But PMI can be pricey. It typically costs anywhere from 0.5 to 1 percent of your loan amount, and that’s tacked onto your mortgage payment. Moreover, you keep paying it until you reach a minimum of 20 percent equity in the home. Then you can request to have the PMI removed.

To be fair, neither USDA nor VA loans require PMI. However, both can have other fees to consider. The VA charges home buyers a funding fee between 1.4 percent and 3.6 percent of the loan. As for the USDA, it charges both an upfront guarantee fee and an annual fee.

Is a zero-down or low-interest loan right for you?

If you want to buy a home and don’t have money for a down payment, a no-down loan may be good – depending on your situation. According to Jason Gelios, a top-producing realtor with Community Choice Realty, home buyers need to consider their goals and what the market is doing before choosing a mortgage.

“If someone purchases a home and some unforeseen circumstance happens where they have to sell, they may not be able to sell the property for more than what they purchased it for,” says Gelios. “This could spell trouble.”

Ultimately, your particular situation determines what sort of mortgage is right for you. That said, we can offer a few things to think about to help you decide.

Can you afford the interest?

A no-money-down loan may save you money on the front end, but you have to consider what that means over time. Everyone who takes out a loan pays more than the amount they borrow because they have to pay interest. Putting some money down reduces your interest and may actually be less expensive in the long run.

Just because the loan doesn’t require a down payment doesn’t mean that you can’t put some money down. But if you choose this route, you need to be thoughtful about how much to pay. A small percentage down may not have much impact on a 30-year mortgage.

What are your long-term plans?

For the most part, home values go up, and that generally means you’re more likely to see a good return on your investment the longer you stay in your home. But this isn’t a hard-and-fast rule, as anyone who bought a home before the Great Recession can tell you.

Plus, think about how stable your income is. If unforeseen circumstances cause you to have to get out of your loan, you may have to pay a hefty price.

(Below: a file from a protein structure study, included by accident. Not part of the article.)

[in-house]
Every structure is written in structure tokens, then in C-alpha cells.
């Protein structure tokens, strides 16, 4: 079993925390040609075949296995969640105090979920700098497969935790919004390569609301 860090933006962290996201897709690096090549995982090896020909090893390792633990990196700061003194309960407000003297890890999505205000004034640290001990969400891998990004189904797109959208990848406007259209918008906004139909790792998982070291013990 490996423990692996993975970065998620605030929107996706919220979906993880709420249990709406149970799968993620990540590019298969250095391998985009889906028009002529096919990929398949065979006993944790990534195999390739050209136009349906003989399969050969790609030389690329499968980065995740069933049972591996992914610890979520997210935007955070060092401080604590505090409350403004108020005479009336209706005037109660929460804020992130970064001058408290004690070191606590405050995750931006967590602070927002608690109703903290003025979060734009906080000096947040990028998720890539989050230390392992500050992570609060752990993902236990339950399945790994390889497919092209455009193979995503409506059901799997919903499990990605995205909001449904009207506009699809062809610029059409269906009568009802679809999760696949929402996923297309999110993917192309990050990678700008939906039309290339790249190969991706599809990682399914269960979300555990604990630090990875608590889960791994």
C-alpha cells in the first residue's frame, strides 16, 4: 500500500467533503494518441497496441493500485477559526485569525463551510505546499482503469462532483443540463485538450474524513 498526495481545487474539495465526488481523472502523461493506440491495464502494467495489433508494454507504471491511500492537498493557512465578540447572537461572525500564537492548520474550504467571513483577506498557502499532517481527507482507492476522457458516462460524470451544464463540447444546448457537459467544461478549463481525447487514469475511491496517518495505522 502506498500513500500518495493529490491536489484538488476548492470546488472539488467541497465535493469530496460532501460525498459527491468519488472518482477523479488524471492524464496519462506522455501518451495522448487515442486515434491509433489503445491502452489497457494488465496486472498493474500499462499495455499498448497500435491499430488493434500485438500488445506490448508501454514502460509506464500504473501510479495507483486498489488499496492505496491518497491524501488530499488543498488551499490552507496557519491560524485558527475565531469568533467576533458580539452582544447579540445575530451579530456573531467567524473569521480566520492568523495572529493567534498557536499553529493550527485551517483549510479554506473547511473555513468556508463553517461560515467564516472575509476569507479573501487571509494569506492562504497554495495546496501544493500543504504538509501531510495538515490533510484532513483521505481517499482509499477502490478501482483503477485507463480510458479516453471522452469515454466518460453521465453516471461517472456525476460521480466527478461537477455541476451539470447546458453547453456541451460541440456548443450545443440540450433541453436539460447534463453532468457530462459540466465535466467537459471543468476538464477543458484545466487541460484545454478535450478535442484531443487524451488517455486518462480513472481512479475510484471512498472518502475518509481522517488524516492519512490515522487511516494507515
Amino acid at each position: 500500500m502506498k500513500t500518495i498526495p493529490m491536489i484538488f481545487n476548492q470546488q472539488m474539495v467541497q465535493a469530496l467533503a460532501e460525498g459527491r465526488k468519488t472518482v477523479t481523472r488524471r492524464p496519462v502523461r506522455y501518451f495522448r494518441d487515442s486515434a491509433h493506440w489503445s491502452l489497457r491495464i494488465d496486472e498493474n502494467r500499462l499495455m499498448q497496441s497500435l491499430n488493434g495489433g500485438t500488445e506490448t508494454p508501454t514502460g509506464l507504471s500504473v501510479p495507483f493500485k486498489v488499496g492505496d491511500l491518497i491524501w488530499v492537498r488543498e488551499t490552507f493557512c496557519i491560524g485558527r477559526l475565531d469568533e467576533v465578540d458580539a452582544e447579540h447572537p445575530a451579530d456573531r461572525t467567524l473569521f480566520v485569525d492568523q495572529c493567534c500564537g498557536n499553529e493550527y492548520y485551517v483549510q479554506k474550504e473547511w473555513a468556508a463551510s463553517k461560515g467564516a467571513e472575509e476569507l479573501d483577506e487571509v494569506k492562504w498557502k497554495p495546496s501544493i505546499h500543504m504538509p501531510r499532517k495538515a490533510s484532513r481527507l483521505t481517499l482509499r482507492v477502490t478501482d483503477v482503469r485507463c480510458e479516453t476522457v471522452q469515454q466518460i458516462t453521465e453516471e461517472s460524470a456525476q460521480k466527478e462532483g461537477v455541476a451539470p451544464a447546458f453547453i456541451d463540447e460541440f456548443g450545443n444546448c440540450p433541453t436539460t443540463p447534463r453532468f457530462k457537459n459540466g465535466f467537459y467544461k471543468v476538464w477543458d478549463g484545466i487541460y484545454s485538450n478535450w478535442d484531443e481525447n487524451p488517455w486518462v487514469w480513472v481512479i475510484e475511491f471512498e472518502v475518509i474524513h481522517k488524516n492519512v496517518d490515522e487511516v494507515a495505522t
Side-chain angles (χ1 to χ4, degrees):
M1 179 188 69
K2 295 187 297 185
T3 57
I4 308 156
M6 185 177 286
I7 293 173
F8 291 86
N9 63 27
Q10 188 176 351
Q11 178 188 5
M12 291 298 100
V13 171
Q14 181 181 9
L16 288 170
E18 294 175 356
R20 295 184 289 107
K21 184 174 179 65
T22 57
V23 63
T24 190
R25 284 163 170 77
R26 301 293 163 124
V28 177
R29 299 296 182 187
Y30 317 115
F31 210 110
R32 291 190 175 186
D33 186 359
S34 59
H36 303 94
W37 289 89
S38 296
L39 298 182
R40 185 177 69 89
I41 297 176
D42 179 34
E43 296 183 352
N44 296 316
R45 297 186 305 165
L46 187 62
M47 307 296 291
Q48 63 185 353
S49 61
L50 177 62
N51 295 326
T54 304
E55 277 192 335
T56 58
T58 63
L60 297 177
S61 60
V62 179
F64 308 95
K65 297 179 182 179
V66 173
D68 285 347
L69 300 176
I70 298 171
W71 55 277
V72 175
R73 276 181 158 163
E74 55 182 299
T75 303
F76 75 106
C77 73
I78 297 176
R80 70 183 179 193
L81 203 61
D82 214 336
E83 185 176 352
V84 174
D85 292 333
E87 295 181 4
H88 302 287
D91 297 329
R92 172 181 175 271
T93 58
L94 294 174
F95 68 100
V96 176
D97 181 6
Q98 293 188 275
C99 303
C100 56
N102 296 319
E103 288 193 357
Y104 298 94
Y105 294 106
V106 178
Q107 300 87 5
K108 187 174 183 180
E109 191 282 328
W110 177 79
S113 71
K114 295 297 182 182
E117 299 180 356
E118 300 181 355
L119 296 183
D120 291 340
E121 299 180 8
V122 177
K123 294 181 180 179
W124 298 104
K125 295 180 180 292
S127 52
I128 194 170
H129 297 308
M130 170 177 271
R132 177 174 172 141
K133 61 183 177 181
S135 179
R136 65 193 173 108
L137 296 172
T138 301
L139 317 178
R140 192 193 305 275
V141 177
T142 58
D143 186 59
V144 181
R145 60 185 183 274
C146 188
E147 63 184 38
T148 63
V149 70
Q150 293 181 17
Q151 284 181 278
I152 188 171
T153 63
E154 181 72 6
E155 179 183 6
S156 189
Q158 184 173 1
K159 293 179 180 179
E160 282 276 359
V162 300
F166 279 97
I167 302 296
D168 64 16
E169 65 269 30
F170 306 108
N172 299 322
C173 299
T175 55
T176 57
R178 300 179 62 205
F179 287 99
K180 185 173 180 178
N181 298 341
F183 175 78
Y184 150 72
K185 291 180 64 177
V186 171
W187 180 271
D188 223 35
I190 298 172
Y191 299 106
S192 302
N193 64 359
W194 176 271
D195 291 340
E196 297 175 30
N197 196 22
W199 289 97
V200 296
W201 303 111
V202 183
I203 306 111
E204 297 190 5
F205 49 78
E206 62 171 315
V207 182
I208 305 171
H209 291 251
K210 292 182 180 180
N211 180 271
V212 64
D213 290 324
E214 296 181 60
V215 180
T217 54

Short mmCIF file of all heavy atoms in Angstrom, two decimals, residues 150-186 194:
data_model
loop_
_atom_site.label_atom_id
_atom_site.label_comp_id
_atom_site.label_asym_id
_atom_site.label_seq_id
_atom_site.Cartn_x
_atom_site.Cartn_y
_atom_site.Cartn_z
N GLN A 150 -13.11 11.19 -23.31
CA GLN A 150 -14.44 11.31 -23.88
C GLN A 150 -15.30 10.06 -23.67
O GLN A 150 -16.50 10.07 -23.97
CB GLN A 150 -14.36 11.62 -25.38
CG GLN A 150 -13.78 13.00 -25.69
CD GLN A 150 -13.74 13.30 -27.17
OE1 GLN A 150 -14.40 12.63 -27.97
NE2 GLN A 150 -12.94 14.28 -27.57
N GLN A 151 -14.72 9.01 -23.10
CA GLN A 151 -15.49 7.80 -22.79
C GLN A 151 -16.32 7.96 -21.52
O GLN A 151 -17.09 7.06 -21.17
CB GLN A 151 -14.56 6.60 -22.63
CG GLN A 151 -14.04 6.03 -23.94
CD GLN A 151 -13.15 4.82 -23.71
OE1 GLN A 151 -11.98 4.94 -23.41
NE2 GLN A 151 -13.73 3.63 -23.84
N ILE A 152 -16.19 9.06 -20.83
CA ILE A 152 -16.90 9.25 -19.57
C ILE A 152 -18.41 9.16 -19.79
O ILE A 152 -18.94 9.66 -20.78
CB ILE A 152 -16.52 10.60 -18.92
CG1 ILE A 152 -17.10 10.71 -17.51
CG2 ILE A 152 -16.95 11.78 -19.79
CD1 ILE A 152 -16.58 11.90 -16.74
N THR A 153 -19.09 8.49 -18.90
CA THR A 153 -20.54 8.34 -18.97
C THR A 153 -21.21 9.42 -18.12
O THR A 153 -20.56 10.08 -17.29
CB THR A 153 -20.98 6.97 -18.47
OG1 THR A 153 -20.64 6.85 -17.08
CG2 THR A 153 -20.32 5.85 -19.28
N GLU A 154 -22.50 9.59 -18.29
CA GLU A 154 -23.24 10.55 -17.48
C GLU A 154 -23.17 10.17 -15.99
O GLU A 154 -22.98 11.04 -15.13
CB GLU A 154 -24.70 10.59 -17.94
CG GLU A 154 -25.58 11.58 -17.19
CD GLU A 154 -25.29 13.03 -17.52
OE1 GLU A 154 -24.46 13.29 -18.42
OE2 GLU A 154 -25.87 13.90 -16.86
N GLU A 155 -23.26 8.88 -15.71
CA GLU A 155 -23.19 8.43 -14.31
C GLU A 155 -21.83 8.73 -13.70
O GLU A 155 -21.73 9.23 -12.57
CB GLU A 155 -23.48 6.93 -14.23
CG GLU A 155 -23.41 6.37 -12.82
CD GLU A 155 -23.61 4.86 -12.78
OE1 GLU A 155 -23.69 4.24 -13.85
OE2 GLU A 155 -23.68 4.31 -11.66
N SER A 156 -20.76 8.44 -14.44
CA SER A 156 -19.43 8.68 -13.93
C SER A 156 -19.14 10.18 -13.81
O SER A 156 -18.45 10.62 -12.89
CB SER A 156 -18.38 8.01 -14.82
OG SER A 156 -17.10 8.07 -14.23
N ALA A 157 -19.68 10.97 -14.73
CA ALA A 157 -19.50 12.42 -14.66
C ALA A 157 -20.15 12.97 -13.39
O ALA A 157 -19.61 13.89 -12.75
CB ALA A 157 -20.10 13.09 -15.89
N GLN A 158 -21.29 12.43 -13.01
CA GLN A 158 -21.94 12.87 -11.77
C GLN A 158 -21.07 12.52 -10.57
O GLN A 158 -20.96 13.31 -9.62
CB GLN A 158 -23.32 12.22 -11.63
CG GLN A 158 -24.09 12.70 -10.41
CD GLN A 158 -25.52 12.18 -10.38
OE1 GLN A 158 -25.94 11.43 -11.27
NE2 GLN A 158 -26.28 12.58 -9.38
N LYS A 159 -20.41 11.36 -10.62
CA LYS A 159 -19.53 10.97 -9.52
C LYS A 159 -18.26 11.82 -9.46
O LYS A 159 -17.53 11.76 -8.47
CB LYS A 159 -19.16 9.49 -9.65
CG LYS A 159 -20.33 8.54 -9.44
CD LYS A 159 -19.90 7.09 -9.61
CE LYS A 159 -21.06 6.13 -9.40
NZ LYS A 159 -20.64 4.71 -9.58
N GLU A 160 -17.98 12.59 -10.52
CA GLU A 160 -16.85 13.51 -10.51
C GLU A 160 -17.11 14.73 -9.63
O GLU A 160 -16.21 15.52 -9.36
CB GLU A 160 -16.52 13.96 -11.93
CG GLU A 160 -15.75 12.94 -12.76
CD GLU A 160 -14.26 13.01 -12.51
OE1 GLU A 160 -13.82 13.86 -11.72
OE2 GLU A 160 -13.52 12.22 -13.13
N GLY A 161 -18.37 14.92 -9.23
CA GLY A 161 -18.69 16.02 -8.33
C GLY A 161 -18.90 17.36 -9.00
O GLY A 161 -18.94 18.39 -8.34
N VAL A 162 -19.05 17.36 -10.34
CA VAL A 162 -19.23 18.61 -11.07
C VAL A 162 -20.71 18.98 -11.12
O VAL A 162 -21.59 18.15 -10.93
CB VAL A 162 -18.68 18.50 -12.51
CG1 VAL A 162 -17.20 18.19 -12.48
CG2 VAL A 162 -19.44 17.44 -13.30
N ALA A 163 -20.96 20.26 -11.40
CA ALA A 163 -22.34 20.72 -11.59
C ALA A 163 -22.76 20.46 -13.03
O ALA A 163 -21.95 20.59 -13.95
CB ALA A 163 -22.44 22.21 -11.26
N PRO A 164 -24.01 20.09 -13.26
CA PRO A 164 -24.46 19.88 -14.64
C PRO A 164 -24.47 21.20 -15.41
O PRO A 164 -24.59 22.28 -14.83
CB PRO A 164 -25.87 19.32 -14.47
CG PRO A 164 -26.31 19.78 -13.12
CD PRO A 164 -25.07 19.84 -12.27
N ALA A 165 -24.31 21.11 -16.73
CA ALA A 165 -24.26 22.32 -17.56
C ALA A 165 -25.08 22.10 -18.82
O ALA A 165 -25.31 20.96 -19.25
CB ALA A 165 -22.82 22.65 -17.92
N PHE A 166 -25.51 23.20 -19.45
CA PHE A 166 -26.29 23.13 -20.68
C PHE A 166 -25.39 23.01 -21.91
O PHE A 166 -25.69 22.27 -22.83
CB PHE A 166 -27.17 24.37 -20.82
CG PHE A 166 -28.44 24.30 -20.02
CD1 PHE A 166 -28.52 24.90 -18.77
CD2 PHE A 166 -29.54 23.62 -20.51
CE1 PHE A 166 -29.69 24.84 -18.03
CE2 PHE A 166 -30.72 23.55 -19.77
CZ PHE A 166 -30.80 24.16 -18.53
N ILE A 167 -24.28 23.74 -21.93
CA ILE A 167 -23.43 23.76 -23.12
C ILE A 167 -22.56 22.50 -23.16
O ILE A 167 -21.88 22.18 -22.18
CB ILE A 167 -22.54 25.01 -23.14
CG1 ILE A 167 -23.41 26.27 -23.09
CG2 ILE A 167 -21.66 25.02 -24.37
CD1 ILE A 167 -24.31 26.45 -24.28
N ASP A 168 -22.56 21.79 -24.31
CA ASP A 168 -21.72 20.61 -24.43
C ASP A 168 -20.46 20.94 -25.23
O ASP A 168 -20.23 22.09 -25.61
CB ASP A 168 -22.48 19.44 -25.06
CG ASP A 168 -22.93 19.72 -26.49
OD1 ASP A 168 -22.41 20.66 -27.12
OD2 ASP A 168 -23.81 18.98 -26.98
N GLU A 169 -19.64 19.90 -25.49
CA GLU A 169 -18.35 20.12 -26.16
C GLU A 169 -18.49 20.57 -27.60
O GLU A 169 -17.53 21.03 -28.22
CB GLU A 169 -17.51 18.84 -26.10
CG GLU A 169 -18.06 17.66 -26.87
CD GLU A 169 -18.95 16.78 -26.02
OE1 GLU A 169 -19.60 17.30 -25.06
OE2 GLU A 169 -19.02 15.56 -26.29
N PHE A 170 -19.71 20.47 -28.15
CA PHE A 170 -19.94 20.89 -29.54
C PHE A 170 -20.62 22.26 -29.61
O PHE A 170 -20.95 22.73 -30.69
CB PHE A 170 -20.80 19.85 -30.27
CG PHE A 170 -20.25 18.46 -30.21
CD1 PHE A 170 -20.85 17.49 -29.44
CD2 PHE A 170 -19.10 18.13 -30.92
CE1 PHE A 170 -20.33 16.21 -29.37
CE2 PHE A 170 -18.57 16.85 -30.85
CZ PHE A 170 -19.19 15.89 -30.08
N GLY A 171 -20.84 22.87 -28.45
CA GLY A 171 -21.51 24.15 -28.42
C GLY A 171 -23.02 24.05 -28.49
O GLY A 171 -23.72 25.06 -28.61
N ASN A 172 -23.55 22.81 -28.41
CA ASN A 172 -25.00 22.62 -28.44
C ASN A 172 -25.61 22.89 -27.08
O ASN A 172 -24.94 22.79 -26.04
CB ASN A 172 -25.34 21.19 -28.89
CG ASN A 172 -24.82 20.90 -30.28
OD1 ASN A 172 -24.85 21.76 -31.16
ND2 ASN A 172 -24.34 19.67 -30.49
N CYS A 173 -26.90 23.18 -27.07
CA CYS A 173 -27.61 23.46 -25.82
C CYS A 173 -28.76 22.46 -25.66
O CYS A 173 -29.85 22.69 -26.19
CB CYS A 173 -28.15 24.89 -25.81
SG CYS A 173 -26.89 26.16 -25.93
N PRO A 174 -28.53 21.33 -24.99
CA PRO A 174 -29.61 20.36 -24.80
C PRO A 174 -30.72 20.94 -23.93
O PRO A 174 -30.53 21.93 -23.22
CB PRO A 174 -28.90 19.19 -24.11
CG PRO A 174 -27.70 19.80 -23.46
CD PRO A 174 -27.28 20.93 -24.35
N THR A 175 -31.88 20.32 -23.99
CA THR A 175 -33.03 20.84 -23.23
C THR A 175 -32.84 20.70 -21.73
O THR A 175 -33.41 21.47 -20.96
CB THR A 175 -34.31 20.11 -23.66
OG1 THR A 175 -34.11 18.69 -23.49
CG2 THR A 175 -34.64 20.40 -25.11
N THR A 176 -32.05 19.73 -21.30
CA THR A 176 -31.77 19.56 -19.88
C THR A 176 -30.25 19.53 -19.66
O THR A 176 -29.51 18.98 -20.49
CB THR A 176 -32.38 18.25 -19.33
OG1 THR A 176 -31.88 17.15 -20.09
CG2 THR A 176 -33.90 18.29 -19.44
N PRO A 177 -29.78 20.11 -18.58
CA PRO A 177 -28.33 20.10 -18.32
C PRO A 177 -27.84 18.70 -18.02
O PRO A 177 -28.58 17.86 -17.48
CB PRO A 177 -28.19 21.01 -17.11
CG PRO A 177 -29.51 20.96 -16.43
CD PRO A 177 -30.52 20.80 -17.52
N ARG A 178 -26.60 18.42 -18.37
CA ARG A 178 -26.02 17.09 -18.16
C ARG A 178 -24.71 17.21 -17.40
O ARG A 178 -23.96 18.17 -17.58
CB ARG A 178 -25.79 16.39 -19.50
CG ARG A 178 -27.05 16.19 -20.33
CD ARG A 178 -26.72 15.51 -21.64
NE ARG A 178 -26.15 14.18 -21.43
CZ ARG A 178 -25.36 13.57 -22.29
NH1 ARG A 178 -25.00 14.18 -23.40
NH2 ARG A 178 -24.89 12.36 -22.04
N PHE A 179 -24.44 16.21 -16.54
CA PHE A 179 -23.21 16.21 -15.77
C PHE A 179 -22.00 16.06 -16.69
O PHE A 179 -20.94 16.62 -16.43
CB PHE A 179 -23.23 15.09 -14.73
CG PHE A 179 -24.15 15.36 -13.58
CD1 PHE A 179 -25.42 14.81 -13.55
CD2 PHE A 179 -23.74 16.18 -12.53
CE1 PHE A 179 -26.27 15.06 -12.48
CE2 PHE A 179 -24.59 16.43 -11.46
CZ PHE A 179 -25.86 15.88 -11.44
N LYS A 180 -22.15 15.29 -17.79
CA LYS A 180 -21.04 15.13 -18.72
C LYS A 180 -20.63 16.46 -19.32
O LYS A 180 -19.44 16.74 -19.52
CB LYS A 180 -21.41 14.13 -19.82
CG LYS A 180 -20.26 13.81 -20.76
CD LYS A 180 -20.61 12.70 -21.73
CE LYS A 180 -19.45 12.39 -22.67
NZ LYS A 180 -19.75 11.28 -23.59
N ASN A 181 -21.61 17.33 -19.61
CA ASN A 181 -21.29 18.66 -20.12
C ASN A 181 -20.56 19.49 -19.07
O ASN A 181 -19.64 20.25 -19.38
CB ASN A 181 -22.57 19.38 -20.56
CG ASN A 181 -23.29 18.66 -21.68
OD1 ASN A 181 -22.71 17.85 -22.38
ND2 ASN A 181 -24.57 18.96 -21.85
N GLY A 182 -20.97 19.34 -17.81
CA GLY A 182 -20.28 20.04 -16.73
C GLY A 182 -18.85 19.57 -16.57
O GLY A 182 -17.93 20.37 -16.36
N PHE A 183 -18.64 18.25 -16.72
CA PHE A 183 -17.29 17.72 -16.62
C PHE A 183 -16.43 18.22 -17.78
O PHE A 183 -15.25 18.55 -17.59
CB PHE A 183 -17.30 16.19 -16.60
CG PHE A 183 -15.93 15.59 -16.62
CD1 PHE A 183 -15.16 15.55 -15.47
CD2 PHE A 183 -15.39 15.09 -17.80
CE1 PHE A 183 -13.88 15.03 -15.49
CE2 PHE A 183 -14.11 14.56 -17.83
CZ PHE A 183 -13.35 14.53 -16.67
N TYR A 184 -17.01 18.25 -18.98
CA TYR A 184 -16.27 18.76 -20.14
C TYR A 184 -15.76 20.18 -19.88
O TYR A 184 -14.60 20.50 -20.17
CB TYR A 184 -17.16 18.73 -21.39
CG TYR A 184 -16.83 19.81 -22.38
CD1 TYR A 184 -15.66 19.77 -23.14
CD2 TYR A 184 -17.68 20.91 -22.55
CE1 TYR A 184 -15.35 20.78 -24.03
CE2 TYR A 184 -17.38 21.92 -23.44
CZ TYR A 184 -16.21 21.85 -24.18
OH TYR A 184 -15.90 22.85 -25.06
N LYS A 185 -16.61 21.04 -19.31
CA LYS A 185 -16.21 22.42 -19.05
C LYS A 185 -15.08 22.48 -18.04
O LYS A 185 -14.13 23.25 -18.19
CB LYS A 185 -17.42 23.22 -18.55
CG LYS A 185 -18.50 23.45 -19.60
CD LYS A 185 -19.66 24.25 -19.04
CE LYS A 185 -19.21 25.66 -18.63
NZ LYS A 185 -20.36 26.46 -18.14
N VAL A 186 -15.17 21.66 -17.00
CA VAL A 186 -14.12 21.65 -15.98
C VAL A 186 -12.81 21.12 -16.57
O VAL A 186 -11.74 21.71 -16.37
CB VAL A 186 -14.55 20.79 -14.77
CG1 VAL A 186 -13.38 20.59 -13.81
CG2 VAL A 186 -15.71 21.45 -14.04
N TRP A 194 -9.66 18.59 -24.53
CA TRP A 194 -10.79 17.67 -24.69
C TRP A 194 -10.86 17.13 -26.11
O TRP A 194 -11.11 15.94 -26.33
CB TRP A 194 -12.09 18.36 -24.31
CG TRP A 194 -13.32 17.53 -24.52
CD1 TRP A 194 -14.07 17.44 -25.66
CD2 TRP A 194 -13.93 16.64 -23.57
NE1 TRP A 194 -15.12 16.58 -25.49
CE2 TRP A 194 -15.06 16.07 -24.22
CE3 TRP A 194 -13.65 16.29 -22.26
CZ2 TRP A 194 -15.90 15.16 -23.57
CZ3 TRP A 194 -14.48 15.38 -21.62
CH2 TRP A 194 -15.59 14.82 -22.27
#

Are you buying a home that needs repairs?

Normal maintenance alone can add up to a significant chunk of change every year, but if you’re looking at a home that needs major repairs, you may want to consider a no-down-payment loan. It can help you preserve your savings so you have a safety net of funds to handle home repairs.

House flipper Alex Capozzolo says that if “you need to pay more than $10,000 on fixing up a house before you can move in, it makes sense to buy it with no money down.” He adds this may be especially true if the house is older and you anticipate more repairs in the future.

The main idea here is to protect your nest egg, and it may apply in a number of scenarios. Just because you have a savings account doesn’t mean you should spend every dime of it on a down payment. You’ll likely need some of it for other expenses.

Before you go for a loan that requires no money down, consider all aspects of your financial situation. A zero-down mortgage can certainly open up buying opportunities for those who qualify and don’t have the means to put a large down payment on the property. But while it makes the entry point easier, it also means higher mortgage payments, more interest paid over the course of the loan, and private mortgage insurance premiums.


Related Posts:Get more answers